In the great era of congressional oversight of the 1960s and 1970s, the resident expertise of lawmakers and staff enabled far-reaching, informed policy making on both domestic and foreign arenas. Since the Gingrich revolution of 1994, not so much:
Gingrich’s first move in 1995 was to dismantle the decentralized, democratic committee system that the liberals and moderates had created in the 1970s and instead centralize that power on himself. Under his new rules, committee chairs were no longer determined by seniority or a vote by committee members, but instead appointed by the party leadership (read: by Newt himself, who often made appointees swear their loyalty to him). Subcommittees also lost their ability to set their own agendas and schedules; that too largely became the prerogative of the leadership....

The point of this centralization of power was to give the leadership maximum control of the legislative agenda and to jam through as many conservative bills as possible....But over time it also had the effect of dumbing down the institution....

Beginning in 1995 and continuing to the present day, the leadership often dictates to committees what it wants bills to look like or drafts them outright. So instead of learning deeply about a given subject, debating various policy options, engaging in the nitty-gritty of a topic over the course of years and sometimes decades, committee members nowadays are often asked either to reverse-engineer a piece of legislation based on party leadership’s description of what kind of bill they’d like to see or to simply vote on a bill they did not write to begin with. Is it any surprise that, under those circumstances, deep policy knowledge, curiosity, and innovation have gone out the window? “What’s the payoff for doing a good job? If you take your job seriously as a chairman, who gives a shit?” says Bruce Bartlett, who worked as a congressional staffer in the 1970s and ’80s for Representative Jack Kemp, Representative Ron Paul, and the Joint Economic Committee....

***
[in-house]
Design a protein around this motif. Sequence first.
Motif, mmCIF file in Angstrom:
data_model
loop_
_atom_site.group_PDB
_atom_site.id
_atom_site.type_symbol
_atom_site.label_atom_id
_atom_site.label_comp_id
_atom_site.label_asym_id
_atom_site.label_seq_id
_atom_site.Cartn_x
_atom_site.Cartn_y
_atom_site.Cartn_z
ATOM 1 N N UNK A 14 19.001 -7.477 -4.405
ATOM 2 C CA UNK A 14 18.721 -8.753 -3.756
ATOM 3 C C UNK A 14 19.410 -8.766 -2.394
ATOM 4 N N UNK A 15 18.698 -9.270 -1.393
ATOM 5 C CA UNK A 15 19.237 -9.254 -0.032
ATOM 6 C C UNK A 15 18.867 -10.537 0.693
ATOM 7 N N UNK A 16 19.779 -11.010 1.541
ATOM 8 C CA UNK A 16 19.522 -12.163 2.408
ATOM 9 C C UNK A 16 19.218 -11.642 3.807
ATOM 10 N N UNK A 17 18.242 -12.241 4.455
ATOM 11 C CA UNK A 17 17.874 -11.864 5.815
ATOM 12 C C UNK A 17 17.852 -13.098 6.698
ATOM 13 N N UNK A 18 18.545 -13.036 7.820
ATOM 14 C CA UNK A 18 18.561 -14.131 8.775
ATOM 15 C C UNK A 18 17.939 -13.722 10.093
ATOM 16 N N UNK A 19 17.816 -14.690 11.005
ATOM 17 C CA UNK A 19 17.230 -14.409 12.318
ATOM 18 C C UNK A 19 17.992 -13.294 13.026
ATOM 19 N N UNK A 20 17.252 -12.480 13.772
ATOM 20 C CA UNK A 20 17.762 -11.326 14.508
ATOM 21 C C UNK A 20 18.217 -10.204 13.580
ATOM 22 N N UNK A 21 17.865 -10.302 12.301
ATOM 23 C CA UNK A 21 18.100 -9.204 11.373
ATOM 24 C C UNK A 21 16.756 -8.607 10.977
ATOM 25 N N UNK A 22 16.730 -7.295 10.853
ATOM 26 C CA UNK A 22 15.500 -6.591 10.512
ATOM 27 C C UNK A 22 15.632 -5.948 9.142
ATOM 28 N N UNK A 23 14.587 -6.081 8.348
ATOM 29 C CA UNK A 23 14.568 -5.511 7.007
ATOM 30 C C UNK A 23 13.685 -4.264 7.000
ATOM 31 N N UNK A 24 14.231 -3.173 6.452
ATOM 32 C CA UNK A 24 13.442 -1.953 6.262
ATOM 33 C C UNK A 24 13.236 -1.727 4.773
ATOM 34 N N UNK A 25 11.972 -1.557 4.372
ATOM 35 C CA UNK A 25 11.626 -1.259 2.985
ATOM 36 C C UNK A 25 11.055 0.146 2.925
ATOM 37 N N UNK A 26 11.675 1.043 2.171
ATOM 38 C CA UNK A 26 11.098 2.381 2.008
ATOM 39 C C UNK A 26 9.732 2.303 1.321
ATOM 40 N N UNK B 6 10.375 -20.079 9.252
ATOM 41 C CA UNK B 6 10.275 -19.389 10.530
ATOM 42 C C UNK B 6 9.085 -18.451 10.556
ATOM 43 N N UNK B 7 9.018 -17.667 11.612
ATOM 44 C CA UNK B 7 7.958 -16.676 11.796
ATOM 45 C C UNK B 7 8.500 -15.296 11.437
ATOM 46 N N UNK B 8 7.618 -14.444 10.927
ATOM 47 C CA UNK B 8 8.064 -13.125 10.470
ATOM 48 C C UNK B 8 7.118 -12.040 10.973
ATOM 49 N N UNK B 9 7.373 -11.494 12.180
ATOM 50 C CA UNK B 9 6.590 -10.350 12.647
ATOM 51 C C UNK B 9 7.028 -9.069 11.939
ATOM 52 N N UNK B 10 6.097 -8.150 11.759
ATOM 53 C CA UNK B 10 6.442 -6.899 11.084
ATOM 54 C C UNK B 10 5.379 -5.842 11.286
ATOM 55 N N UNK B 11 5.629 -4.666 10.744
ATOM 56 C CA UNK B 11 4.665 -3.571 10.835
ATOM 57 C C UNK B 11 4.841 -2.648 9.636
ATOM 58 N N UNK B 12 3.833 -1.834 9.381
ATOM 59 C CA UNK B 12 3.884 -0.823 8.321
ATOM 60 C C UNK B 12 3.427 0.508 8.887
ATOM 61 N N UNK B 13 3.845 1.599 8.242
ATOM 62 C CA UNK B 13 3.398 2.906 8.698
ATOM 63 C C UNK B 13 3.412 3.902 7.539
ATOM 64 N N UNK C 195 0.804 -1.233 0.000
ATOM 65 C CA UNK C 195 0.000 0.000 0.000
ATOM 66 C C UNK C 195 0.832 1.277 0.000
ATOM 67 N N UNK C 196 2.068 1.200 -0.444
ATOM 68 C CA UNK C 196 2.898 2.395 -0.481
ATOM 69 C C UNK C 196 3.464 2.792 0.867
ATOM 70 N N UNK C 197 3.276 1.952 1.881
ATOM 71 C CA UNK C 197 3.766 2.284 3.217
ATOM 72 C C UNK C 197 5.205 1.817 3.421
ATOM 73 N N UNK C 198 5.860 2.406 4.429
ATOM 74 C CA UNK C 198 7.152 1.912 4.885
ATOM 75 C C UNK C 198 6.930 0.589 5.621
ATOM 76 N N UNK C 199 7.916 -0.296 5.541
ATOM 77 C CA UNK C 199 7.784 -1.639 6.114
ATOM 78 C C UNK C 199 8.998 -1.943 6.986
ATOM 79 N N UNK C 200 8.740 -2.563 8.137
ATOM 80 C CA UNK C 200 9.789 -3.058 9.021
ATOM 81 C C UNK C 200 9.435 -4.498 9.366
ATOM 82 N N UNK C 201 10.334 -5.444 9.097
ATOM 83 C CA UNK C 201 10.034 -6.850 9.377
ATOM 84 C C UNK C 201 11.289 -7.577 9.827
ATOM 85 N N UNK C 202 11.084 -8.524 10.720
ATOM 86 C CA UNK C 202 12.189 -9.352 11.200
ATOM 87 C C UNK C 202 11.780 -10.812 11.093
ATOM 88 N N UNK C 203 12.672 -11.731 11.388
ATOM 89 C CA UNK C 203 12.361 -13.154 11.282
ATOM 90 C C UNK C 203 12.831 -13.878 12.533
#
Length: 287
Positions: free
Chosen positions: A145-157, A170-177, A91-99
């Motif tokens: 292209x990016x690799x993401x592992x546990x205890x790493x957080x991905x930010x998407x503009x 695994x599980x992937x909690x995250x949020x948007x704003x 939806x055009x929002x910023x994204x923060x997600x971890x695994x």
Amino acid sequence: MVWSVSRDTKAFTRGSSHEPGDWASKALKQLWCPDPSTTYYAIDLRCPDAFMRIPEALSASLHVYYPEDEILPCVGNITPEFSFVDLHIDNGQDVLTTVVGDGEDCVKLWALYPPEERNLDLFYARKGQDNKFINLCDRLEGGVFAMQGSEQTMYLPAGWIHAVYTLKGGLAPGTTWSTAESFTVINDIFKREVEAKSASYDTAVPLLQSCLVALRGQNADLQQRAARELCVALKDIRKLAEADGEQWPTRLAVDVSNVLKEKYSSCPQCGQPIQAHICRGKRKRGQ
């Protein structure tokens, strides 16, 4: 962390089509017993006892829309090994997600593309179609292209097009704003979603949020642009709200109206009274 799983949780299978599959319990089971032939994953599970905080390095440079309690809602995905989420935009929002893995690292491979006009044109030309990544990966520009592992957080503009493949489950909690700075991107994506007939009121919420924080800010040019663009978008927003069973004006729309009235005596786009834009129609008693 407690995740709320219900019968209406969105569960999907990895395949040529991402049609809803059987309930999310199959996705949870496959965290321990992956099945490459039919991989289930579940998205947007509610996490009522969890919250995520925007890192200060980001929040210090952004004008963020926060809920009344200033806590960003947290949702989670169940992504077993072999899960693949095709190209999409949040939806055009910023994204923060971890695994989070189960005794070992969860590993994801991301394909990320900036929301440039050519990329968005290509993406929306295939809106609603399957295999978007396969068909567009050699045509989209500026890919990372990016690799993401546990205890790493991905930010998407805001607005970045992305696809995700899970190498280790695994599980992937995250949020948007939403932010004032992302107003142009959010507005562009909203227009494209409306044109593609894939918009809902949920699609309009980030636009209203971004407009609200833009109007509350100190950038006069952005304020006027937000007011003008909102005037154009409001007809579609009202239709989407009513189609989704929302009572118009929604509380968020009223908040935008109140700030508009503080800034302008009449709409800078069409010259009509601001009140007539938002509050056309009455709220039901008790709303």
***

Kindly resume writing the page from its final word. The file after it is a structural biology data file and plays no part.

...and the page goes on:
You can see the effect in the shabby, politicized work product coming out of many committees. In May, for instance, the House Energy and Commerce Committee released a survey conducted by its GOP staff purporting to show that only 67 percent of people who signed up for health insurance on the federal exchange had paid their first premium—a number that, if true, would have embarrassed the administration. In fact, the survey gave a false impression by counting as nonpayers people who hadn’t yet been billed. Insurance company executives later testified in public to the committee that their estimated payment rate was 80 percent. “Republicans were visibly exasperated,” reported The Hill, “as insurers failed to confirm certain claims about ObamaCare, such as the committee’s allegation that one-third of federal exchange enrollees have not paid their first premium.”

There's much, much more. It's a long article, but well worth reading for a history of how and why the Republicans destroyed the great legislative body that is the US Congress, as well as for the authors' ideas on what it will take to reverse the lobotomization of Congress and restore that august body to some semblance of usefulness and sanity.